Okay, the above explains some of my "toys", but on a different subject, the delivery of this boat, we are now a day away from St Helena island. We were not going to stop there but have been told that one of the other delivery boats has left us a few drums of diesel. As all the delivery boats heading for the Caribbean have been experiencing light winds on the leg between the island and the Brazilian mainland, the company thought some extra diesel will assist us on those days where the sea looks like a mirror and headway is not being made. Nice of them.
Well, from Hardy, Andries and myself, we wish you well until the next blog report. John.
After we departed Walvis Bay, we had 20 to 25 knots of wind from the south-southwest, accompanied by a 2 to 3 metre swell out of the southwest. The wind has been giving us a good boost with good daily averages of 6.4 knots. However, the swell has made life a little "difficult", especially when our cook-of-the-day has to prepare our evening meal. Well, no meal has ended up on the floor as yet.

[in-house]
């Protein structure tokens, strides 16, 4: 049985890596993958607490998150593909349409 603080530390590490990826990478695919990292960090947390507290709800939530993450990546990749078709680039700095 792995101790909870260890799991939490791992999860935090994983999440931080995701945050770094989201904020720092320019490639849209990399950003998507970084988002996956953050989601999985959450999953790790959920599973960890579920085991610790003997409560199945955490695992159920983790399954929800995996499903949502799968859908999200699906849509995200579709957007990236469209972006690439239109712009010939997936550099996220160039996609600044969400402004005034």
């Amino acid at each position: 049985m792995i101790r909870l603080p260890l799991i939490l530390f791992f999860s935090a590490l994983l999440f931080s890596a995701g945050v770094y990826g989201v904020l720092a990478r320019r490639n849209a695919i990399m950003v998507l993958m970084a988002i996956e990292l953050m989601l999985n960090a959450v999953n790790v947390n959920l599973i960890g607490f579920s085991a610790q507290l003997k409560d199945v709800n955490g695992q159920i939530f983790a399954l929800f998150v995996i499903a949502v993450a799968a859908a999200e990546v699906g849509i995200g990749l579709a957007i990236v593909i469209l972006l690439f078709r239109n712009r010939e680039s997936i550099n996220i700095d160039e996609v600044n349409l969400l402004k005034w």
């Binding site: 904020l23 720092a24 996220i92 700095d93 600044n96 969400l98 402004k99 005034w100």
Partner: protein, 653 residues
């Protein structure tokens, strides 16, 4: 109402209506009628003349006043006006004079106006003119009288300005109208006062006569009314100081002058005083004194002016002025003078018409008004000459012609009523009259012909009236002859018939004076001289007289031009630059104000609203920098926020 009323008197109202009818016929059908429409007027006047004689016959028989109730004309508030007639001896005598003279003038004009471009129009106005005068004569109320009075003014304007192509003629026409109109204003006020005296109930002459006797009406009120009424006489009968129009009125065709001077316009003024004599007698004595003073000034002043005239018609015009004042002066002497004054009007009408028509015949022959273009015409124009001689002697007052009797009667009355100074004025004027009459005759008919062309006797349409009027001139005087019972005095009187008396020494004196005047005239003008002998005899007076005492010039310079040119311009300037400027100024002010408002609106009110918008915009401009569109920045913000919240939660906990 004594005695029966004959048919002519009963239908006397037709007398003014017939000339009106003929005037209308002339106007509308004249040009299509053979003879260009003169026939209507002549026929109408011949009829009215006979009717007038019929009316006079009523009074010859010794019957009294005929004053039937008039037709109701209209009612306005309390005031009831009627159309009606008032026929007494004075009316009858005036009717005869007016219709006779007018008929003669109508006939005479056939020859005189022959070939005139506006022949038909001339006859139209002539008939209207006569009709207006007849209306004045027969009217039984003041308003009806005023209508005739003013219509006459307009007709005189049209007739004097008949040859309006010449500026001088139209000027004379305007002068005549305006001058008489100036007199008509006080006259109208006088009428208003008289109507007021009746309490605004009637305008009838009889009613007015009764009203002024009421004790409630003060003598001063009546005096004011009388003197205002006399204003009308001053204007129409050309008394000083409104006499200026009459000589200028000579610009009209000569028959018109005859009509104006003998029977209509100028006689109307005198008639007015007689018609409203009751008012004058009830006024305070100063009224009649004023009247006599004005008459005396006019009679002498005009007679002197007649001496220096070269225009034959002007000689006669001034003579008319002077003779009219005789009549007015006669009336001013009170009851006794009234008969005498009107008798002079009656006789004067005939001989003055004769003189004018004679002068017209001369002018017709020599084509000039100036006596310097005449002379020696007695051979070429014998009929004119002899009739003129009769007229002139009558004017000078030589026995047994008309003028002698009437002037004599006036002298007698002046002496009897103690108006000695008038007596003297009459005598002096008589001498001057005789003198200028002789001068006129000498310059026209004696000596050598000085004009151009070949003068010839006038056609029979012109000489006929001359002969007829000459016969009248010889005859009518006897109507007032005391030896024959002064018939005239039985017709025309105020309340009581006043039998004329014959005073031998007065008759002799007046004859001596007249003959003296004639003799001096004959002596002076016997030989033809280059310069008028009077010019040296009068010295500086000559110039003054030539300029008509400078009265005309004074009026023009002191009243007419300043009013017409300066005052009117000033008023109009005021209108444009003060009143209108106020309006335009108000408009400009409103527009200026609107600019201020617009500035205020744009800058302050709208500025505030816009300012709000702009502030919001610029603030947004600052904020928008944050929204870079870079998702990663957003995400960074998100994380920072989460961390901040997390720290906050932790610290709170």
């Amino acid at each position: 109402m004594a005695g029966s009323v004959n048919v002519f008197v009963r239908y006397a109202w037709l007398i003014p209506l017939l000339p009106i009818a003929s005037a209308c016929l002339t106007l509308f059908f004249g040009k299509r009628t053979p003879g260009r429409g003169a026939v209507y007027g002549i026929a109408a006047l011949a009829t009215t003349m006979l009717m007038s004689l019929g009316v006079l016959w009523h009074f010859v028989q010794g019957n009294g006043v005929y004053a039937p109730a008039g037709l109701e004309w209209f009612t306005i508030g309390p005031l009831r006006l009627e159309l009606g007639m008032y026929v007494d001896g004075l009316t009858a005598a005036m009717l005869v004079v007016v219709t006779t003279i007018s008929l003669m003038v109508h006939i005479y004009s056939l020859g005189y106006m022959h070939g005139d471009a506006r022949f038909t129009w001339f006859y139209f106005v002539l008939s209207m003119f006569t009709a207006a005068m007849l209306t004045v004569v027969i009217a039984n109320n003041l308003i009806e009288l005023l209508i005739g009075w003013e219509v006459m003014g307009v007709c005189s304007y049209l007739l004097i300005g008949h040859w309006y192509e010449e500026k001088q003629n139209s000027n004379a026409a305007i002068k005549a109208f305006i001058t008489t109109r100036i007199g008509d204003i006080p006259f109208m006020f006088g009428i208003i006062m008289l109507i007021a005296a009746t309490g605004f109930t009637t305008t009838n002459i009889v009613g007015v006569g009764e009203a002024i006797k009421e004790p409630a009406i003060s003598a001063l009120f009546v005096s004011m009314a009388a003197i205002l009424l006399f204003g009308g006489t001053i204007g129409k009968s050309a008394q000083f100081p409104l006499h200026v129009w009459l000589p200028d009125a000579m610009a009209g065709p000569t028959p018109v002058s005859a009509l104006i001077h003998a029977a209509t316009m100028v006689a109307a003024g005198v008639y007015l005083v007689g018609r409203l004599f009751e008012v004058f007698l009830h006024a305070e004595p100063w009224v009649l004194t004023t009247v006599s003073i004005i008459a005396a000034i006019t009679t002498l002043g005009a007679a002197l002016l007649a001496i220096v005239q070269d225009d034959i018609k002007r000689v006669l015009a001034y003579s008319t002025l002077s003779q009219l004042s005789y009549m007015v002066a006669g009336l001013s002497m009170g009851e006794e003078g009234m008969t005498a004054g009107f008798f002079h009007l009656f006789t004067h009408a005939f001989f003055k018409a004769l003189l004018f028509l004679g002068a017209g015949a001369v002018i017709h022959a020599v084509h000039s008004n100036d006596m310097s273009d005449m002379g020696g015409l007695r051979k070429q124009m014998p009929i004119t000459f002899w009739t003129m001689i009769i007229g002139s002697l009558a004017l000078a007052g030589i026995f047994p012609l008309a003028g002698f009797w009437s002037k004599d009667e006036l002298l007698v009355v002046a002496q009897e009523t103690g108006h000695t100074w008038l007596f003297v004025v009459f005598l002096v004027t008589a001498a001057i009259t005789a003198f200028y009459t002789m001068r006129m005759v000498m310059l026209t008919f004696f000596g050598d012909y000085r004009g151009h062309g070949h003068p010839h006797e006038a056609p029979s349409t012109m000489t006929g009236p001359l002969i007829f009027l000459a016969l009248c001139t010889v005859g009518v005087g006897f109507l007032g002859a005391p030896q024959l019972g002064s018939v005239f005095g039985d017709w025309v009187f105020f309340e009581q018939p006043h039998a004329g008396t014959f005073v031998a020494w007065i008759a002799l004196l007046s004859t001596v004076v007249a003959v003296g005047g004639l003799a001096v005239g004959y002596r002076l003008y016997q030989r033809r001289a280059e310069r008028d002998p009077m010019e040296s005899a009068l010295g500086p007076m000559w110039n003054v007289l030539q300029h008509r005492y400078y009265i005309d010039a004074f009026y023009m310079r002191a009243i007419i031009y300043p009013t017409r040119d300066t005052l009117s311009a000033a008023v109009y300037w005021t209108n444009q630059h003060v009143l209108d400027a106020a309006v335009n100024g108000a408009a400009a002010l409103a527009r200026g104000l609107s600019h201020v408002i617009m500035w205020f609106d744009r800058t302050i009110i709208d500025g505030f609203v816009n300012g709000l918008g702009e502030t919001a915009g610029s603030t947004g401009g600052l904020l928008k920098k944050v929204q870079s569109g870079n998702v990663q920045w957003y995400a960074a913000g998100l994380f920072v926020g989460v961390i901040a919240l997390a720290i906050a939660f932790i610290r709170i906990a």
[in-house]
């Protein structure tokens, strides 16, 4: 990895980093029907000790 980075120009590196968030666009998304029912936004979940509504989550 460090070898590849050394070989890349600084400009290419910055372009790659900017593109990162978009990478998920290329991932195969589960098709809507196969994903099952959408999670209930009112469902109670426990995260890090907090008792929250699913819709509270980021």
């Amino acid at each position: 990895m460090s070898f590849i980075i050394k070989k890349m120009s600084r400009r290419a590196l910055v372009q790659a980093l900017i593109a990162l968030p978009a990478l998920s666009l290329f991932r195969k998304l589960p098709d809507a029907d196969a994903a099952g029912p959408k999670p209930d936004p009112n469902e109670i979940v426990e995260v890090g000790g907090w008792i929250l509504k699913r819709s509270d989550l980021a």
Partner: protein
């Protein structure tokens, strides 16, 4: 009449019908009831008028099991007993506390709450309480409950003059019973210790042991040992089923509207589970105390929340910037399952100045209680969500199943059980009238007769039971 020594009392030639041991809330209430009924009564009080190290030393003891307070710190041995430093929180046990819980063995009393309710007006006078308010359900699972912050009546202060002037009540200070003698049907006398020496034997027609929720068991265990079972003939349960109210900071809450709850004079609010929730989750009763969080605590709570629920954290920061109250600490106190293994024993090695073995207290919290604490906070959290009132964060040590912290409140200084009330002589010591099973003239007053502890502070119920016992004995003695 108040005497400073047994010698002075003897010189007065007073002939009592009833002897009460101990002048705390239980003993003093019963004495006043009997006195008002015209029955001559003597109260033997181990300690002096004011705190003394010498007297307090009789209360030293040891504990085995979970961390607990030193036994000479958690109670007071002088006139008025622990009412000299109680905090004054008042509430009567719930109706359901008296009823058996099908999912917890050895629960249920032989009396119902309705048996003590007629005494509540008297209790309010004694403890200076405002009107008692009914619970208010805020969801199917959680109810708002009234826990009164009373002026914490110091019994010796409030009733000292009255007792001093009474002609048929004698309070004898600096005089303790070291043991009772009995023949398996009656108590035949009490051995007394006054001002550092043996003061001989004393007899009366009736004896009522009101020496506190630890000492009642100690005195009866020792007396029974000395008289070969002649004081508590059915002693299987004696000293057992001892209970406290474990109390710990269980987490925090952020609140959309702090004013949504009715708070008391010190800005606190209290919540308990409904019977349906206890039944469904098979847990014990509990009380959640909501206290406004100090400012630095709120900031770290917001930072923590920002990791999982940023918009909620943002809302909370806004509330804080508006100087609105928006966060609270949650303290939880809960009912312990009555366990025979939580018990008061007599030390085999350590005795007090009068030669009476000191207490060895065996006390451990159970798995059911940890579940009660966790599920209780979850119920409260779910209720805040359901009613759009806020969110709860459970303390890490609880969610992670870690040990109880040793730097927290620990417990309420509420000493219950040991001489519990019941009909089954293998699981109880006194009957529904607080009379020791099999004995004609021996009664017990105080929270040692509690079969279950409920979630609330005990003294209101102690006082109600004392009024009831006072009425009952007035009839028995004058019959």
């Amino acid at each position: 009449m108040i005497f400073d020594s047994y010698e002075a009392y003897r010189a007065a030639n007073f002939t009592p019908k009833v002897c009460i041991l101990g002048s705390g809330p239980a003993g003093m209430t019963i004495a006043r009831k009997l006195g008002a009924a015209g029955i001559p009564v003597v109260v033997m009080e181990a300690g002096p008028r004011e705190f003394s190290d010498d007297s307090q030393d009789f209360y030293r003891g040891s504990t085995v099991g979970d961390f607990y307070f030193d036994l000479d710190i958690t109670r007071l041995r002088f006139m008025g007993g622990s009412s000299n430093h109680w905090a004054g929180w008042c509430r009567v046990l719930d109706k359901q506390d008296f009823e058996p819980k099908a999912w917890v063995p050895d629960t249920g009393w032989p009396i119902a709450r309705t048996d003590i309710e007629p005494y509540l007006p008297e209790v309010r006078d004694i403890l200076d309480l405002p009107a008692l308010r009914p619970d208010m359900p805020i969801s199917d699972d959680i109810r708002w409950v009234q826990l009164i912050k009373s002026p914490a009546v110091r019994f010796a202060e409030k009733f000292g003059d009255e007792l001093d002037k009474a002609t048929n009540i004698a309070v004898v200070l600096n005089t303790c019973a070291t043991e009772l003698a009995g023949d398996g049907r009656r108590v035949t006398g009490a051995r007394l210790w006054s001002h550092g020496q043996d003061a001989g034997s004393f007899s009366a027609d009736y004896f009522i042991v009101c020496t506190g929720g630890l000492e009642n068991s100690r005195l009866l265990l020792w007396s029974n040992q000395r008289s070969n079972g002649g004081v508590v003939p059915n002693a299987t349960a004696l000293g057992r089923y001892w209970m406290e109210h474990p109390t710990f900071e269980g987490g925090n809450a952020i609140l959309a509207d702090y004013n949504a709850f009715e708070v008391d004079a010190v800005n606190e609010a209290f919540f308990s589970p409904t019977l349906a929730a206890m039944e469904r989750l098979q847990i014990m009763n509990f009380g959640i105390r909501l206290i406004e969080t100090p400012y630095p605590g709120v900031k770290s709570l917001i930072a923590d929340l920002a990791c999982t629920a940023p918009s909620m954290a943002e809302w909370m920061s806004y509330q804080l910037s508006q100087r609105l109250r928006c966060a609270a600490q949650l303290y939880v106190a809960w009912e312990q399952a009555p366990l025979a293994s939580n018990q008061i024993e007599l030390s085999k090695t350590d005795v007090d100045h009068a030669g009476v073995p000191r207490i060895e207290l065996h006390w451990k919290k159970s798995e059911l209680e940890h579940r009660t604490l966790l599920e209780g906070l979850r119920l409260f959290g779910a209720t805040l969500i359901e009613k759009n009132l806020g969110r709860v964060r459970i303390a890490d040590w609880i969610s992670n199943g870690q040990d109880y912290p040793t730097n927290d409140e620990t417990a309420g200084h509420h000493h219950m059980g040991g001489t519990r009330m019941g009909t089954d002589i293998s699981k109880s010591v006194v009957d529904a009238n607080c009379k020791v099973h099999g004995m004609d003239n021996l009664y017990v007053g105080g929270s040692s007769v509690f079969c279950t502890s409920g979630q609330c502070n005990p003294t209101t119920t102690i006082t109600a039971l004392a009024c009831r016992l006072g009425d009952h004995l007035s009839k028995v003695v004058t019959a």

We have had one fishing line out but have had only caught a small Bonito, which was consumed in the form of fish cakes on Monday night with Andries doing the honours. It was his first time making fish cakes and he mastered the art quite well. Tonight we are having "Boerewors and Pap with Tomato and Onion Breedie". For the uninitiated, Boerewors is a South African sausage, mostly cooked on the coals of an open fire. Pap is maize meal which is cooked to a very thick consistency. Mmm, my mouth is watering!